Both in his appearance and his writing Alistair Cooke was the quintessential foreign correspondent
Although Letter from America was not widely listened to in the US, except by Anglophiles and Brits in exile who tuned in to the BBC Overseas Service, Alistair Cooke was nevertheless one of America’s favourite Brits.
This was largely because for so many years he hosted Omnibus, the first cultural series on US television, and the popular Sunday night TV series Masterpiece Theatre. He was also known for the many books he wrote on America, and his annual lectures under the auspices of the Royal Television Society were “hot tickets”.
Most Americans did not realise Alistair had become a US citizen in the Forties. One would never have known it.
I first met Alistair when he was still working for The Guardian, or the Manchester Guardian as it was then called. He was The Guardian’s man in New York for 26 years, and in those days something of a man-abouttown, lunching regularly at 21 and joining in the piano playing at the jazz clubs on Manhattan’s 52nd Street.
Most of the other newsmen from Fleet Street papers regarded him as an essayist rather than a hard-news competitor, but he was not to be underrated. He happened to be in the kitchen of the Ambassador Hotel in Los Angeles when Robert Kennedy was shot there and turned in a graphic account that outdid most of colleagues.
Alistair was – both in his appearance and his writing – the quintessential foreign correspondent, but always a little shy. When I was reporting for World at One and PM, we used the same BBC studio in the Rockefeller Center.
Alistair liked his privacy. He insisted on the window shades being drawn while he was taping.
In later years, when his health deteriorated, Alistair worked from his apartment on Fifth Avenue overlooking Central Park. For three days a week he tapped out the 1,700 words of his weekly letter on an old Royal manual, until arthritis made typing too painful.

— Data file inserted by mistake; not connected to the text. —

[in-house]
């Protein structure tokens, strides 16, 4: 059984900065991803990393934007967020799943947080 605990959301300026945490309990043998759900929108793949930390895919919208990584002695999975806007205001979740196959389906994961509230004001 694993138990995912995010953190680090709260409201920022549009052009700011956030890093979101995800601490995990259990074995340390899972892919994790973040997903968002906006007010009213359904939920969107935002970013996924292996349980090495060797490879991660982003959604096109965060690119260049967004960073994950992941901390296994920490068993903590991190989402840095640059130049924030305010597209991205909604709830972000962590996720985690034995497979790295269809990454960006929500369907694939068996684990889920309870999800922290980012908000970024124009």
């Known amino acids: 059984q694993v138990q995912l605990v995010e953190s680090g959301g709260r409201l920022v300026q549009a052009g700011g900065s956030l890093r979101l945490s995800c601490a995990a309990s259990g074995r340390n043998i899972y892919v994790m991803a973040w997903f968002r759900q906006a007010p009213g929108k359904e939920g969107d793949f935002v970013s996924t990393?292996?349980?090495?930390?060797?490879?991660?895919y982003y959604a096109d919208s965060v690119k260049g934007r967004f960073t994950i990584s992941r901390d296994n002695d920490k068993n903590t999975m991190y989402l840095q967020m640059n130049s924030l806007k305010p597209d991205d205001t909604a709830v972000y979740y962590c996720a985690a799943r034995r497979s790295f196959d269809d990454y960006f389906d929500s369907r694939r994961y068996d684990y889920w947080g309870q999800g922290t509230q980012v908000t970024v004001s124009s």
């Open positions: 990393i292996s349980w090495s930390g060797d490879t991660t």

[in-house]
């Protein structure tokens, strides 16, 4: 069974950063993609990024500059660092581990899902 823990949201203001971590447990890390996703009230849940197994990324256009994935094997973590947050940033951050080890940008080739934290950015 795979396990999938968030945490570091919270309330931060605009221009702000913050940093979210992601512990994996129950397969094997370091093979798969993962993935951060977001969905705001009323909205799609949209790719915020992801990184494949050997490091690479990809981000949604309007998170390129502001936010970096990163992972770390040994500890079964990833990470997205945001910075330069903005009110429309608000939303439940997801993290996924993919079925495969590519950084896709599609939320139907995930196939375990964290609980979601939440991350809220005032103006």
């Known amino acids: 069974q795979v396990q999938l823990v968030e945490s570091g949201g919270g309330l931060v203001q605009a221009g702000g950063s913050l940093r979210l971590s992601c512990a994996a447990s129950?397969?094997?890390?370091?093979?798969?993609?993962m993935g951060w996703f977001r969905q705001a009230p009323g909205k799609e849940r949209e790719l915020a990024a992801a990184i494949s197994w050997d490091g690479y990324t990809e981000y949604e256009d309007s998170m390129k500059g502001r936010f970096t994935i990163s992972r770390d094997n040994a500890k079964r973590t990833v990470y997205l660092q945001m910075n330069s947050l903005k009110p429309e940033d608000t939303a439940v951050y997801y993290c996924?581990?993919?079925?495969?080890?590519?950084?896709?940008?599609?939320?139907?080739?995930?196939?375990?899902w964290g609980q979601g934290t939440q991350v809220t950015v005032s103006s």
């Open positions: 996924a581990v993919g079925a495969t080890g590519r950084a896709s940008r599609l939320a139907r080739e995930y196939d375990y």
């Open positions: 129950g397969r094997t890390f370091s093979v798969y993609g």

It was possibly a sign that he had become an American icon when he was parodied on US television. On the popular children’s programme Sesame Street, he was known as Alistair Cookie, the star of Monsterpiece Theatre.
It is not widely known that Alistair once spent a summer in Hollywood working with Charlie Chaplin on a movie about Napoleon, which never made it to the big screen.
Also probably not well known is that his first Letter from America, broadcast in March 1946, was about a voyage he made on the Queen Mary with a boatload of GI war brides on their way to the US. Tony Blair led the tributes to Cooke, whose death was announced on Tuesday. Speaking on Radio 4’s Today programme, the Prime Minister described him as “one of the greatest broadcasters of all time”.
BBC acting director general Mark Byford called Cooke “an outstanding commentator of the 20th century”. He added: “His insight, wisdom and unique ability to craft words enabled millions of listeners in the UK and around the world to understand the texture of the United States and its people. All of us at the BBC are saddened today.”
Jenny Abramsky, director of BBC Radio, said: “With his superb voice and masterly turn of phrase, he was the most brilliant radio chronicler of his age. BBC Radio is grateful for the decades of contributions from Alistair Cooke and we will miss him greatly.”
Radio 4 controller Helen Boaden said: “Millions of listeners over many years have enjoyed his Letters from America. Many of us charted our lives through them. He was wry, wise and always insightful. We shall miss him very much.”
Richard Sambrook, director of BBC News, said Cooke was “a wonderful broadcaster combining intelligence, shrewd judgement about the affairs of the world and elegance in his writing. For generations of listeners he was a bridge across the Atlantic. We’ll all miss him.”
According to the BBC, Cooke’s daughter contacted his biographer, World At One presenter Nick Clarke, on Tuesday morning, confirming his death at midnight local time at home in New York.
Cooke, 95, broadcast his final Letter from America last month after 58 years. He retired from the world’s longest-running speech radio programme on the advice of his doctor.
After joining the BBC in 1934 as a film critic, Cooke presented his first Letter in 1946, going on to broadcast 2,869 shows.
As a tribute, Radio 4 and the World Service recently began broadcasting a selection of his programmes from the archives.